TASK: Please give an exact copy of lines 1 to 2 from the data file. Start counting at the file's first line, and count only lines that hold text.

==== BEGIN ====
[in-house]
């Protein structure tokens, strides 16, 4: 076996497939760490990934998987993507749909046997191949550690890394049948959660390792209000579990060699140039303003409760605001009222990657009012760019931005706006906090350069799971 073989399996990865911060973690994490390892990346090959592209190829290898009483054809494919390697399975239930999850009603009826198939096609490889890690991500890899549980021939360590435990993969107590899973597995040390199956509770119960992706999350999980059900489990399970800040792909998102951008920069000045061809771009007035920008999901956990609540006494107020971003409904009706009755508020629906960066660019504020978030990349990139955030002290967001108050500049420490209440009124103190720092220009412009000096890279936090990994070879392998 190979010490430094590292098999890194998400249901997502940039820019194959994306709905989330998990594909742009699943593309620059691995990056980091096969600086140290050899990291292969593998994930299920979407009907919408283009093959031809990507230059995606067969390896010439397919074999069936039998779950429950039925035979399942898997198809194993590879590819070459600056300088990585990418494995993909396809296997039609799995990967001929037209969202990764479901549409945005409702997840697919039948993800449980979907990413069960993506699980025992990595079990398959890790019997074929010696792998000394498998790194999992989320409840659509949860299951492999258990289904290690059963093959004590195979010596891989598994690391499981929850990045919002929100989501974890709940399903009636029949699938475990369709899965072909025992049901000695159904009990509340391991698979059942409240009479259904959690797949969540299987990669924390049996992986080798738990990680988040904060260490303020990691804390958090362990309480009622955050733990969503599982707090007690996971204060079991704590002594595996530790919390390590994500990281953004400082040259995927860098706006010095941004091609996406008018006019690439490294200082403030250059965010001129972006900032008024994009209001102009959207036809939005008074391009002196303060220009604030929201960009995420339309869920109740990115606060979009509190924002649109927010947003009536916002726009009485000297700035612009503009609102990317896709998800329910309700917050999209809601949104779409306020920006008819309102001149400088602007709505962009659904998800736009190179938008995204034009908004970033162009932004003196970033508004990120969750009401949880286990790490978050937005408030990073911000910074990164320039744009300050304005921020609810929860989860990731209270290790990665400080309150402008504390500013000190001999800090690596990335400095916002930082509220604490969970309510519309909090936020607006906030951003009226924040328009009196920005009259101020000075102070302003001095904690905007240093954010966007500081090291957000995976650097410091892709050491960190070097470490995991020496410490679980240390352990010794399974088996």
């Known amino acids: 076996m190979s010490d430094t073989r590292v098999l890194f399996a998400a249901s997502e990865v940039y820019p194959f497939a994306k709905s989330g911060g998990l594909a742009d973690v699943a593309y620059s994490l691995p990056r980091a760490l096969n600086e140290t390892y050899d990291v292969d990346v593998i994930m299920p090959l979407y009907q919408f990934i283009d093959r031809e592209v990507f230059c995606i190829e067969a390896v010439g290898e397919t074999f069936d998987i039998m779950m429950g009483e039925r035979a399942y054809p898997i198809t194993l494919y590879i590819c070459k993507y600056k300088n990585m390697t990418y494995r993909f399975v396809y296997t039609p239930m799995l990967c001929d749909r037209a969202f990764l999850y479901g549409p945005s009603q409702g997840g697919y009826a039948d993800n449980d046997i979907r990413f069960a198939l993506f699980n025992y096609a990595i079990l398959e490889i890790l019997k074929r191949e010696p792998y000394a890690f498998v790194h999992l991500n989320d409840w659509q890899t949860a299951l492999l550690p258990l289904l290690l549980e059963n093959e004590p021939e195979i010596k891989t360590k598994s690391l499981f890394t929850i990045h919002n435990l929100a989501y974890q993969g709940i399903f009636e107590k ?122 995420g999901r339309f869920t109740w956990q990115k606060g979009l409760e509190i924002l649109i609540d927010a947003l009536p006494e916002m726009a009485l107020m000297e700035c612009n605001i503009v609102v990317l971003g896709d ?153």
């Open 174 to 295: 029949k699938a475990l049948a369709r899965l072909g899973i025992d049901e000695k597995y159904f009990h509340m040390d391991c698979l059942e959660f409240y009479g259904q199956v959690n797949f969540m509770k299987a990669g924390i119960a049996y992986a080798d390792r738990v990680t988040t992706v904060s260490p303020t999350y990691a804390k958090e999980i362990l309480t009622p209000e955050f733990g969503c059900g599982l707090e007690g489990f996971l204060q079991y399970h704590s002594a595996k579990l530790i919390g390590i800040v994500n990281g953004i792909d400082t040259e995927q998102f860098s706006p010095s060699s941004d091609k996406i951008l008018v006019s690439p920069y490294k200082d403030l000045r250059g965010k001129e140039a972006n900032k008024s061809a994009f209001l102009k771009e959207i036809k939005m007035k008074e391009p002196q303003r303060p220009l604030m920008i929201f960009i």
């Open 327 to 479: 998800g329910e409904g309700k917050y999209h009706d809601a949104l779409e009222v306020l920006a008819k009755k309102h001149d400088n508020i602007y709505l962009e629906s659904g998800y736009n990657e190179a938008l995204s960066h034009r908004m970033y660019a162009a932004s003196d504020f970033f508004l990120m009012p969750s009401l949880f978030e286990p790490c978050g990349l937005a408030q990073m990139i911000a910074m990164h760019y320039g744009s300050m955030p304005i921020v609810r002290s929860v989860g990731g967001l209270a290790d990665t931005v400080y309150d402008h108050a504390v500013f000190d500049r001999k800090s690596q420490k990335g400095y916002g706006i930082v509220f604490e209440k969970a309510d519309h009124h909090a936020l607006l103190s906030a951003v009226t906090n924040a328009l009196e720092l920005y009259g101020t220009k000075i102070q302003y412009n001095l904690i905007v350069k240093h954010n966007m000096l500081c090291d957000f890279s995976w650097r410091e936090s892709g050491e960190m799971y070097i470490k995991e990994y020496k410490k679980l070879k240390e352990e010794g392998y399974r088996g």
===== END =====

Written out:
[in-house]
């Protein structure tokens, strides 16, 4: 076996497939760490990934998987993507749909046997191949550690890394049948959660390792209000579990060699140039303003409760605001009222990657009012760019931005706006906090350069799971 073989399996990865911060973690994490390892990346090959592209190829290898009483054809494919390697399975239930999850009603009826198939096609490889890690991500890899549980021939360590435990993969107590899973597995040390199956509770119960992706999350999980059900489990399970800040792909998102951008920069000045061809771009007035920008999901956990609540006494107020971003409904009706009755508020629906960066660019504020978030990349990139955030002290967001108050500049420490209440009124103190720092220009412009000096890279936090990994070879392998 190979010490430094590292098999890194998400249901997502940039820019194959994306709905989330998990594909742009699943593309620059691995990056980091096969600086140290050899990291292969593998994930299920979407009907919408283009093959031809990507230059995606067969390896010439397919074999069936039998779950429950039925035979399942898997198809194993590879590819070459600056300088990585990418494995993909396809296997039609799995990967001929037209969202990764479901549409945005409702997840697919039948993800449980979907990413069960993506699980025992990595079990398959890790019997074929010696792998000394498998790194999992989320409840659509949860299951492999258990289904290690059963093959004590195979010596891989598994690391499981929850990045919002929100989501974890709940399903009636029949699938475990369709899965072909025992049901000695159904009990509340391991698979059942409240009479259904959690797949969540299987990669924390049996992986080798738990990680988040904060260490303020990691804390958090362990309480009622955050733990969503599982707090007690996971204060079991704590002594595996530790919390390590994500990281953004400082040259995927860098706006010095941004091609996406008018006019690439490294200082403030250059965010001129972006900032008024994009209001102009959207036809939005008074391009002196303060220009604030929201960009995420339309869920109740990115606060979009509190924002649109927010947003009536916002726009009485000297700035612009503009609102990317896709998800329910309700917050999209809601949104779409306020920006008819309102001149400088602007709505962009659904998800736009190179938008995204034009908004970033162009932004003196970033508004990120969750009401949880286990790490978050937005408030990073911000910074990164320039744009300050304005921020609810929860989860990731209270290790990665400080309150402008504390500013000190001999800090690596990335400095916002930082509220604490969970309510519309909090936020607006906030951003009226924040328009009196920005009259101020000075102070302003001095904690905007240093954010966007500081090291957000995976650097410091892709050491960190070097470490995991020496410490679980240390352990010794399974088996």